Difference between revisions of "1985 USAMO Problems/Problem 2"
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==Solution== | ==Solution== | ||
− | {{ | + | The equation can be re-written as |
+ | <cmath>\begin{align}\label{eqn1} | ||
+ | (x+10^5)^2(x-10^5)^2 -(x+10^5)(x-10^5) -x-1=0. | ||
+ | \end{align}</cmath> | ||
+ | |||
+ | We first prove that the equation has no negative roots. | ||
+ | Let <math>x\le 0.</math> The equation above can be further re-arranged as | ||
+ | <cmath>\begin{align*}[(x+10^5)(x-10^5)+1][(x+10^5)(x-10^5)-2]=x-1.\end{align*}</cmath> | ||
+ | The right hand side of the equation is negative. Therefore <cmath>[(x+10^5)(x-10^5)+1][(x+10^5)(x-10^5)-2)]<0,</cmath> and we have | ||
+ | <math>-1<(x+10^5)(x-10^5) <2.</math> Then the left hand side of the equation is bounded by | ||
+ | <cmath>|[(x+10^5)(x-10^5)+1][(x+10^5)(x-10^5)-2]|\le 3\times 3.</cmath> | ||
+ | However, since <math>|(x+10^5)(x-10^5)|\le 2</math> and <math>x<0,</math> it follows that <math>|x+10^5| <\frac{2}{|x-10^5|}<2\times 10^{-5}</math> for negative <math>x.</math> Then <math>x<2\times 10^{-5}-10^5.</math> The right hand side of the equation is then a large negative number. It cannot be equal to the left hand side which is bounded by 9. | ||
+ | |||
+ | Now let <math>x>0.</math> When <math>x=10^5,</math> the left hand side of equation (1) is negative. Therefore the equation has real roots on both side of <math>10^5</math>, as its leading coefficient is positive. We will prove that <math>x=10^5</math> is a good approximation of the roots (within <math>10^{-2}</math>). In fact, we can solve the "quadratic" equation (1) for <math>(x+10^5)(x-10^5)</math>: | ||
+ | <cmath>(x+10^5)(x-10^5)=\frac{1\pm\sqrt{1+4(x+1)}}{2}.</cmath> | ||
+ | Then <cmath>x-10^5=\frac{1\pm\sqrt{1+4(x+1)}}{2(x+10^5)}.</cmath> | ||
+ | Easy to see that | ||
+ | <math>|x-10^5| <1</math> for positve <math>x.</math> Therefore, <math>10^5-1<x<10^5+1.</math> Then | ||
+ | <cmath>\begin{align*} | ||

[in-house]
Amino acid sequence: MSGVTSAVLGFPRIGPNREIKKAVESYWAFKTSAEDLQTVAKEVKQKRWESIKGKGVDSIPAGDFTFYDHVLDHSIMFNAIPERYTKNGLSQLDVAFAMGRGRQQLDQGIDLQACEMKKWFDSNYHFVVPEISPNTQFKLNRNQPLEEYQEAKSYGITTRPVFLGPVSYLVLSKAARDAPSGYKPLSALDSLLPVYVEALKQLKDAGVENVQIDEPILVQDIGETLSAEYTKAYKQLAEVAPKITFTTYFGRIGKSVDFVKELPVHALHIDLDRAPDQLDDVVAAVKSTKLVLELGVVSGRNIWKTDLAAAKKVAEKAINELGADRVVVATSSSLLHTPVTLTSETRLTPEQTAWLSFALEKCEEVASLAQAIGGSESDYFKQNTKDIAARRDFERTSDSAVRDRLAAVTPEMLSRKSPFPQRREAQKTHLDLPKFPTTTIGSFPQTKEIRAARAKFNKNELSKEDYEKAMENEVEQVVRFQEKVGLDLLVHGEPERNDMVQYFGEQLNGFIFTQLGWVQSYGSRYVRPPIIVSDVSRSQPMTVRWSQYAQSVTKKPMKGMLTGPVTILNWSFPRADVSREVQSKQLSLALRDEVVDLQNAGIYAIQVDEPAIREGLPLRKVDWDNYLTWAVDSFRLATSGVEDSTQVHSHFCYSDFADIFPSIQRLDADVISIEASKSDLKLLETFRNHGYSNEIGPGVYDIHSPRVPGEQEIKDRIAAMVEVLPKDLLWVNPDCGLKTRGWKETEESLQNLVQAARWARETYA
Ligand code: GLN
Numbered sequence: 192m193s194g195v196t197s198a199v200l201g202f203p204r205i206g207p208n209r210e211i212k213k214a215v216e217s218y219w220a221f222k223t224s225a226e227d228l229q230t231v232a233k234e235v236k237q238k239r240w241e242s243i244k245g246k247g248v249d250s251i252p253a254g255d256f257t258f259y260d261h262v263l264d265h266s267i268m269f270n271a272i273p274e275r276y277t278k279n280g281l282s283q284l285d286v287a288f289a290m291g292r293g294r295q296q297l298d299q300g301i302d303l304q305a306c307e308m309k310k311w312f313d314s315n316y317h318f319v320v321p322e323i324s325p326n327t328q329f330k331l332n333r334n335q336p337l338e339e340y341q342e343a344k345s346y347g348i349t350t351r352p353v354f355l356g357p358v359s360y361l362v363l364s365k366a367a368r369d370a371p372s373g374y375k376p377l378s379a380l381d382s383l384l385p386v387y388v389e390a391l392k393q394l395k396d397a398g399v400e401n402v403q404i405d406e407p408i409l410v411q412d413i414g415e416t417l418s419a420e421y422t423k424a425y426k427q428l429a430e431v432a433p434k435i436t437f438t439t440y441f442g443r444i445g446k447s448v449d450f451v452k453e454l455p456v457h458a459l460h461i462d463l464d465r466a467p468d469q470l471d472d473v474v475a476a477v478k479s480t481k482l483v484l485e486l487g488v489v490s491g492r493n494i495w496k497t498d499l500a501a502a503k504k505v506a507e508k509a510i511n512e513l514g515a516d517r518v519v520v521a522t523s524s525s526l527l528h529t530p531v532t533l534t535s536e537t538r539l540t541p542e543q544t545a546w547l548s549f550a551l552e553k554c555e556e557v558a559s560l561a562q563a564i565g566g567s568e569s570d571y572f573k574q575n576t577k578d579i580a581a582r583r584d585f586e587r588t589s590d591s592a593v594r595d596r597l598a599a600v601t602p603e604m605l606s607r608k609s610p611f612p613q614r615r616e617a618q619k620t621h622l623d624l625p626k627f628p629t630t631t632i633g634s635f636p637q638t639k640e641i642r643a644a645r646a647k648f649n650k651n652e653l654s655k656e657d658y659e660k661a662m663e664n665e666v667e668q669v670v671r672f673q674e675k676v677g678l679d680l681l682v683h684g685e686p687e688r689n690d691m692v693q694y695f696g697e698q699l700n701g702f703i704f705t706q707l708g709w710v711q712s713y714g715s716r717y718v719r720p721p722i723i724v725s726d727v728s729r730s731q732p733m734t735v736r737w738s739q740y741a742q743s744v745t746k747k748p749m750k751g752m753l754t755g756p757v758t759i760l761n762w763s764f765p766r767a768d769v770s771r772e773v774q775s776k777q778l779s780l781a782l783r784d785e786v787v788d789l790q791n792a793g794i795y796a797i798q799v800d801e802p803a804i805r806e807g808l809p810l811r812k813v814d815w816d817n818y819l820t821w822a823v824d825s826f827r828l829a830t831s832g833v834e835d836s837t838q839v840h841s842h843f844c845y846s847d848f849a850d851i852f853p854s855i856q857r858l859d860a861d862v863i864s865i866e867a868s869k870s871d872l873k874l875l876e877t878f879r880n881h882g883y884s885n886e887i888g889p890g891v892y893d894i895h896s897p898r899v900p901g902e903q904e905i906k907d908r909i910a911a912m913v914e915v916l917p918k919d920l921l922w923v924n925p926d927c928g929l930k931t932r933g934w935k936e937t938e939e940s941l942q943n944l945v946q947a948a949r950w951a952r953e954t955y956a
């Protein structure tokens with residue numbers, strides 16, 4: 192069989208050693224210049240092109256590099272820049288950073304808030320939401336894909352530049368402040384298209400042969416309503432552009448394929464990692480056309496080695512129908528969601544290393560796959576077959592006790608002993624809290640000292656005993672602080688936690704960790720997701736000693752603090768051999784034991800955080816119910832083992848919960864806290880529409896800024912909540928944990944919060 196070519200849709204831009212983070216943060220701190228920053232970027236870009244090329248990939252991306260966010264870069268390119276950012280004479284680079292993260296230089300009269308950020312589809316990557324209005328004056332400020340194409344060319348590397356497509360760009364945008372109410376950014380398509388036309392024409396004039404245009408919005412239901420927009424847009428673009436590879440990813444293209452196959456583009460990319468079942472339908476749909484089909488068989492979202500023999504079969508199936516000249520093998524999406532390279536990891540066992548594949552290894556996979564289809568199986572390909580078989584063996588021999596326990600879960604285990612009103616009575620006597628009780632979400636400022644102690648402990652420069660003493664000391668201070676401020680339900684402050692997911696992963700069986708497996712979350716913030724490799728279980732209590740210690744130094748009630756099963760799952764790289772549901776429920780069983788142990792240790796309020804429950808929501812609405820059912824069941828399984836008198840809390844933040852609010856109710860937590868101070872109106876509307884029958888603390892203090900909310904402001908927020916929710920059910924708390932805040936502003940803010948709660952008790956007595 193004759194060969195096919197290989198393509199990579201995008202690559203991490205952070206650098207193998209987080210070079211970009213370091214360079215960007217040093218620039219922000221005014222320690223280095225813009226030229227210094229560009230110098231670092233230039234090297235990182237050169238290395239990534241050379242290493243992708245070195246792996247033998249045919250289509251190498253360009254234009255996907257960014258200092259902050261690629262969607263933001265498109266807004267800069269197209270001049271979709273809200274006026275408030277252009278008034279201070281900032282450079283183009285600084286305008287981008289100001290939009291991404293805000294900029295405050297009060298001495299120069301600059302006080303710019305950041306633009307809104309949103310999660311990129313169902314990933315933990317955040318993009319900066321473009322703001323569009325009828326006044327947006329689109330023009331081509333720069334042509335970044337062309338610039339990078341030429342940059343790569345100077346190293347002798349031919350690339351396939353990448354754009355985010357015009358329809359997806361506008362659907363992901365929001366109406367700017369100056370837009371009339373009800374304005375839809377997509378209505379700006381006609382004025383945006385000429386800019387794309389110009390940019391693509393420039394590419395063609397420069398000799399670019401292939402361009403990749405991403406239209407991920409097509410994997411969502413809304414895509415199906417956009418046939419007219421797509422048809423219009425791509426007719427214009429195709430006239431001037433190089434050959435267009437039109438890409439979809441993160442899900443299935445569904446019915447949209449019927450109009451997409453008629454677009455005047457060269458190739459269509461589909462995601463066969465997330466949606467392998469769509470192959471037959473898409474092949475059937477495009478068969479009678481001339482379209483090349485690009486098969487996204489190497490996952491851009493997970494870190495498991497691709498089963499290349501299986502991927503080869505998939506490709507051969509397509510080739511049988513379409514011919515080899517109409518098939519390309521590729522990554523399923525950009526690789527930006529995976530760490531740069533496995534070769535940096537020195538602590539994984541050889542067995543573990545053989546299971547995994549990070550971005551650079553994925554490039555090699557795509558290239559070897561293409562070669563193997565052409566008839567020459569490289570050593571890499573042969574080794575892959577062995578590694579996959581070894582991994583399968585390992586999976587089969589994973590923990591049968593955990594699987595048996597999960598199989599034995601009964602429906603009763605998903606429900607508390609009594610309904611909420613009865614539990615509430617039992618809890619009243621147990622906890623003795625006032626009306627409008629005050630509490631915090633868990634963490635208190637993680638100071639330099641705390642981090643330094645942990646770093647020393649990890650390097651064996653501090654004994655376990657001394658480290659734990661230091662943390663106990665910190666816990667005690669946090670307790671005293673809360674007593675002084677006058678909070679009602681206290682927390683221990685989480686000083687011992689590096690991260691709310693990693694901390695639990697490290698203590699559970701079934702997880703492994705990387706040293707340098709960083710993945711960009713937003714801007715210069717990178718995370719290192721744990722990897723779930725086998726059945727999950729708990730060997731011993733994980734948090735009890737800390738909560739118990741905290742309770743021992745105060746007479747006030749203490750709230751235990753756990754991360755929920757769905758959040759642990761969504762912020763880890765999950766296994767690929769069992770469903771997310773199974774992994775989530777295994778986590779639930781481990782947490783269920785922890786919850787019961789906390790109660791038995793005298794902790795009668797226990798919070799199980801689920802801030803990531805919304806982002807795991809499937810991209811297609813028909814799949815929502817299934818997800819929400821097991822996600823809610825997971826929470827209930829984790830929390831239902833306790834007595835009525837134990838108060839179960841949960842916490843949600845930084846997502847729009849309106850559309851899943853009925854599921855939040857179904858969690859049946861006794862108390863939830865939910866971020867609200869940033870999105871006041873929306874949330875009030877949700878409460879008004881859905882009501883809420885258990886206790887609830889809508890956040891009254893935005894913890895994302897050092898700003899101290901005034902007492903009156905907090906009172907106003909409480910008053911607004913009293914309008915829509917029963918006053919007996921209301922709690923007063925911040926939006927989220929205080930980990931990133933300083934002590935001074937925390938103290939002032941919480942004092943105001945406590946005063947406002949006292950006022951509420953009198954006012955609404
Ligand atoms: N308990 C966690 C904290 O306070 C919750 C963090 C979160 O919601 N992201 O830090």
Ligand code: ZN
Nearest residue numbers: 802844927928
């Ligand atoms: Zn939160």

+ | |x-10^5|&=\left|\frac{1\pm\sqrt{1+4(x+1)}}{2(x+10^5)}\right |\\ | ||
+ | &\le \left |\frac{1}{2(x+10^5)}\right |+\left |\frac{\sqrt{1+4(x+1)}}{2(x+10^5)}\right |\\ | ||
+ | &\le \frac{1}{2(10^5-1+10^5)} +\frac{\sqrt{1+4(10^5+1+1)}}{2(10^5-1+10^5)} \\ | ||
+ | &<10^{-2}. | ||
+ | \end{align*}</cmath> | ||
+ | |||
+ | Let <math>x_1</math> be a root of the equation with <math>x_1<10^5.</math> Then <math>0<10^5-x_1<10^{-2}</math> and | ||
+ | <cmath>x_1-10^5=\frac{1-\sqrt{1+4(x_1+1)}}{2(x_1+10^5)}.</cmath> | ||
+ | An aproximation of <math>x_1</math> is defined as follows: | ||
+ | <cmath>\tilde{x}_1=10^5+\frac{1-\sqrt{1+4(10^5+1)}}{2(10^5+10^5)}.</cmath> | ||
+ | We check the error of the estimate: | ||
+ | <cmath>\begin{align*} | ||
+ | |\tilde{x}_1-x_1|&=\left | \frac{1-\sqrt{1+4(10^5+1)}}{2(10^5+10^5)}- \frac{1-\sqrt{1+4(x_1+1)}}{2(x_1+10^5)} \right | \\ | ||
+ | &\le \left |\frac{1}{2(10^5+10^5)}- \frac{1}{2(x_1+10^5)}\right |+\left |\frac{\sqrt{1+4(10^5+1)}}{2(10^5+10^5)}- \frac{\sqrt{1+4(x_1+1)}}{2(x_1+10^5)}\right |. | ||
+ | \end{align*}</cmath> | ||
+ | |||
+ | The first absolute value | ||
+ | <cmath> \left |\frac{1}{2(10^5+10^5)}- \frac{1}{2(x_1+10^5)}\right | =\frac{|x_1- 10^5|}{2(10^5+10^5)(x_1+10^5)}<10^{-12}.</cmath> | ||
+ | |||
+ | The second absolute value | ||
+ | <cmath>\begin{align*} | ||
+ | &\left |\frac{\sqrt{1+4(10^5+1)}}{2(10^5+10^5)} - \frac{\sqrt{1+4(x_1+1)}}{2(x_1+10^5)} | ||
+ | \right |\\ | ||
+ | &\le \left |\frac{\sqrt{1+4(10^5+1)}}{2(10^5+10^5)}- \frac{\sqrt{1+4(x_1+1)}}{2(10^5+10^5)}\right |+\left |\frac{\sqrt{1+4(x_1+1)}}{2(10^5+10^5)}- \frac{\sqrt{1+4(x_1+1)}}{2(x_1+10^5)}\right |\\ | ||
+ | &\le 10^{-7}+10^{-9}, | ||
+ | \end{align*}</cmath> | ||
+ | through a rationalized numerator.Therefore <math>|\tilde{x}_1-x_1|\le 10^{-6}.</math> | ||
+ | |||
+ | For a real root <math>x_2</math> with <math>x_2>10^5,</math> we choose | ||
+ | <cmath>\tilde{x}_2=10^5+\frac{1+\sqrt{1+4(10^5+1)}}{2(10^5+10^5)}.</cmath> | ||
+ | We can similarly prove it has the desired approximation. | ||
== See Also == | == See Also == |
Revision as of 06:38, 18 May 2018
Problem
Determine each real root of
correct to four decimal places.
Solution
The equation can be re-written as
We first prove that the equation has no negative roots. Let The equation above can be further re-arranged as The right hand side of the equation is negative. Therefore and we have Then the left hand side of the equation is bounded by However, since and it follows that for negative Then The right hand side of the equation is then a large negative number. It cannot be equal to the left hand side which is bounded by 9.
Now let When the left hand side of equation (1) is negative. Therefore the equation has real roots on both side of , as its leading coefficient is positive. We will prove that is a good approximation of the roots (within ). In fact, we can solve the "quadratic" equation (1) for : Then Easy to see that for positve Therefore, Then
Let be a root of the equation with Then and An aproximation of is defined as follows: We check the error of the estimate:
The first absolute value
The second absolute value through a rationalized numerator.Therefore
For a real root with we choose We can similarly prove it has the desired approximation.
See Also
1985 USAMO (Problems • Resources) | ||
Preceded by Problem 1 |
Followed by Problem 3 | |
1 • 2 • 3 • 4 • 5 | ||
All USAMO Problems and Solutions |
The problems on this page are copyrighted by the Mathematical Association of America's American Mathematics Competitions.